I audition speakers in stereo... I think, it is because I am, just more comfortable, with stereo. I am used to, stereo seporation of the music, having listend to stereo, most of the time, my whole life. I rarely, listen to music, in mono.
For me, auditioning speakers has to be, with my own seclection of musical CD's, too... I think, it is because, I am more comfortable with music, I am more familiar with... I know, what it is supposed to sound like. I guess it's, similar to my reasons, for listening / auditioning in stereo.
In addition, it is my habit, to audition the speakers listening to how they sound with my ears three to five inches away from the speaker for several minutes. For how speakers, fill the room with sound, I also, listen to how the speakers sound, by standing or sitting, at different vantage points around the room. I can not just listen once and that's it,... I have, to have, several different listening sessions, of the speakers - I'm serious about actually purchasing, with at least a day, in between, to finially decide. It all part of my discesion making process, i. e., thinking and carefully evaluating / reviewing, just what I heard. Then hearing it again...
I'm pretty much with Robin on his evaluation technique. I walk all over the room, up close, back away, several audtions over several days with music I know very, very well, not to mention recording labels (Chesky) that are known for minimalist recording techniques.
I am curious as to why anyone would choose Mono and have the same signal sent to both speakers? This method does not allow you to hear the depth and separation.
I appologize, I don't think my question was clear - but thanks for jumping in on a response guys!
What I was meaning, was not stereo or mono recording, but stereo or single speaker audition....
Sorry for the confusion.
Now for the interesting part - so you all don't think I'm out of my mind with this question.... I came across an article written by F.E. Toole, which attempts to arrange the "ideal listening test" should such a thing actually exist. Since there seems to be a need for qualification at the moment in the main section of this forum Toole recieved an Electrical Eng. degree in '60, followed by a Ph.D. and D.I.C. in the same subject. Since then he has worked in the acoustics section of the division of hpysics at the National Research Council, Ottawa. His early research was related to localization and mechanisms underlying binaural hearing. One of his primary efforts has been to improve the precision and utility of measurements and listening tests. He is active in one of the IEC working groups on such testing. Lastly, Dr. Toole has designed recording studios, control-room monitor loudspeakers, and sound-reinforcement systems for multipurpose rooms. Long bio hehe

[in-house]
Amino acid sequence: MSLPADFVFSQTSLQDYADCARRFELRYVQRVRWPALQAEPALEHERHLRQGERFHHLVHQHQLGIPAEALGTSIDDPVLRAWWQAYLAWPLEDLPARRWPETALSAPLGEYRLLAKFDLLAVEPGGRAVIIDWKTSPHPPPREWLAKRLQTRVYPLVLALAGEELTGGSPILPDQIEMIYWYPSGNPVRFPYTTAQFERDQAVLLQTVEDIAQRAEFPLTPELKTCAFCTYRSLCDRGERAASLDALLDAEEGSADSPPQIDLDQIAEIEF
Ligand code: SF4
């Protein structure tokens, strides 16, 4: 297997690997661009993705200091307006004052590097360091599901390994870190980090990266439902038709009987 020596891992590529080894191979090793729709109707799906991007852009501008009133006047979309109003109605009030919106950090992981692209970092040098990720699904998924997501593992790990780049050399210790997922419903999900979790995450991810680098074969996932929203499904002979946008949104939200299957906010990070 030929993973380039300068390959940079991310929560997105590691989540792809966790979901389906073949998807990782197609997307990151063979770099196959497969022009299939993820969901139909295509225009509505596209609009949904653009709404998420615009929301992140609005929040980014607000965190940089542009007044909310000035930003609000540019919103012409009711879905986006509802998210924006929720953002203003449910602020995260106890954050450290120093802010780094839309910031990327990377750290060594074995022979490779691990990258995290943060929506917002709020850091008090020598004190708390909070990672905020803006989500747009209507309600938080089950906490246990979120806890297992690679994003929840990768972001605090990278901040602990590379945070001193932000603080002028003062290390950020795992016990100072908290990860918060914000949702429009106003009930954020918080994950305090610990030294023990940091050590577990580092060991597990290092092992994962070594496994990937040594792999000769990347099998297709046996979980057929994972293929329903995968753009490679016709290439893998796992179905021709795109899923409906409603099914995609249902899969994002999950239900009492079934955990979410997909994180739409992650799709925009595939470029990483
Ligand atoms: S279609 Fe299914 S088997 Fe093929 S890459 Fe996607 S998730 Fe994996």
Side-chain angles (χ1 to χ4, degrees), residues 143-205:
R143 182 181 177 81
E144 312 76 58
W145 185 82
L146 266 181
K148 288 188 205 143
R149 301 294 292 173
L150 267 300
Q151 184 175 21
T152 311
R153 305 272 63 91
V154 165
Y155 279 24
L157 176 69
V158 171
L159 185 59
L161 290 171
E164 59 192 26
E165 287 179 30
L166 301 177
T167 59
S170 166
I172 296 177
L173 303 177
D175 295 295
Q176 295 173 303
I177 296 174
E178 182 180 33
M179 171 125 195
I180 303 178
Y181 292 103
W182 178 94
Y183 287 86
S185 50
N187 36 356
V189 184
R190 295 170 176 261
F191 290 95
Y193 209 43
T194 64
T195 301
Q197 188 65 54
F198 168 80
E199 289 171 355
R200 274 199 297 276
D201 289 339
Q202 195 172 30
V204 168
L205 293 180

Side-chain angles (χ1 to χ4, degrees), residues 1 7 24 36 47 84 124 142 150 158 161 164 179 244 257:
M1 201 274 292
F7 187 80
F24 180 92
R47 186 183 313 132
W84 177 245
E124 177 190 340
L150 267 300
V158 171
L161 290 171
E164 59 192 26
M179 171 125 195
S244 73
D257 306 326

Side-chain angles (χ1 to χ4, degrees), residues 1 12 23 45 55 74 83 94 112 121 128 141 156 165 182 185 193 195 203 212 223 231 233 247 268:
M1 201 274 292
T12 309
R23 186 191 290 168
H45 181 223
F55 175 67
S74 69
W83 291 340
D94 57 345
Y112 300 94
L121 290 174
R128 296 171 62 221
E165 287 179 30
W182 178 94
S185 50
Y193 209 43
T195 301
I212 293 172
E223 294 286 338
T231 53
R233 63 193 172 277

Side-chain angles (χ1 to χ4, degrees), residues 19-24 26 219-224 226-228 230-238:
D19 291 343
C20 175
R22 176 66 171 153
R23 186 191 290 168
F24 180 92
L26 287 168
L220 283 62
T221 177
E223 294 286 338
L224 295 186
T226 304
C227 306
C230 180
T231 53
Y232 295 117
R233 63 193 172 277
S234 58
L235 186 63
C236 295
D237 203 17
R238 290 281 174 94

So in this paper, Dr. Toole was determining the most appropriate conditions for listening tests/auditions for sound quality purposes, which is a little different from our personal pleasures, but will suffice. At one point in the experiment, stereo and monophonic testing was performed. It appears looking at the data, that listening in stereo seems to mask various elements of poor quality reproduction within a speaker. Those speakers that sounded very good in monophonic conditions carried this rating to the stereo condition, but the reverse was not true. To quote Toole, "... some loudspeakers that were poorly regarded in monophonic assessments received much higher ratings in stereophonic tests." Hence the purpose of this poll
I will throw out some quotes which I find interesting from this article and for anyone interested, I do have a poorly scanned copy on my computer that I can email to those who might be bored this evening....
"In 1961, Moir observed that stereophonic reproduction could result in an apperant reduction in certain forms of distortion, a point that was reaffirmed by Dougherty in 1973."
"By observing that in stereo the instruments of the orchestra, and also the distortion products, are distributed in space, it becomes immediately clear why at least some of those unwanted sounds are less objectionable. Background noises, including electronic and tape noise, are usually uncorrelated in the two channels and present the listener with a large diffuse noie "image" resembling, in some ways, well-recorded reverberation. Distortions originating in one loudspeaker may not be proportionally matched in the other because of difference in the signals (or the loudspeakers) and would, therefore, be localized differently. In monophonic presentations everything is superimposed at the loudspeaker and, logically, would be more objectionable."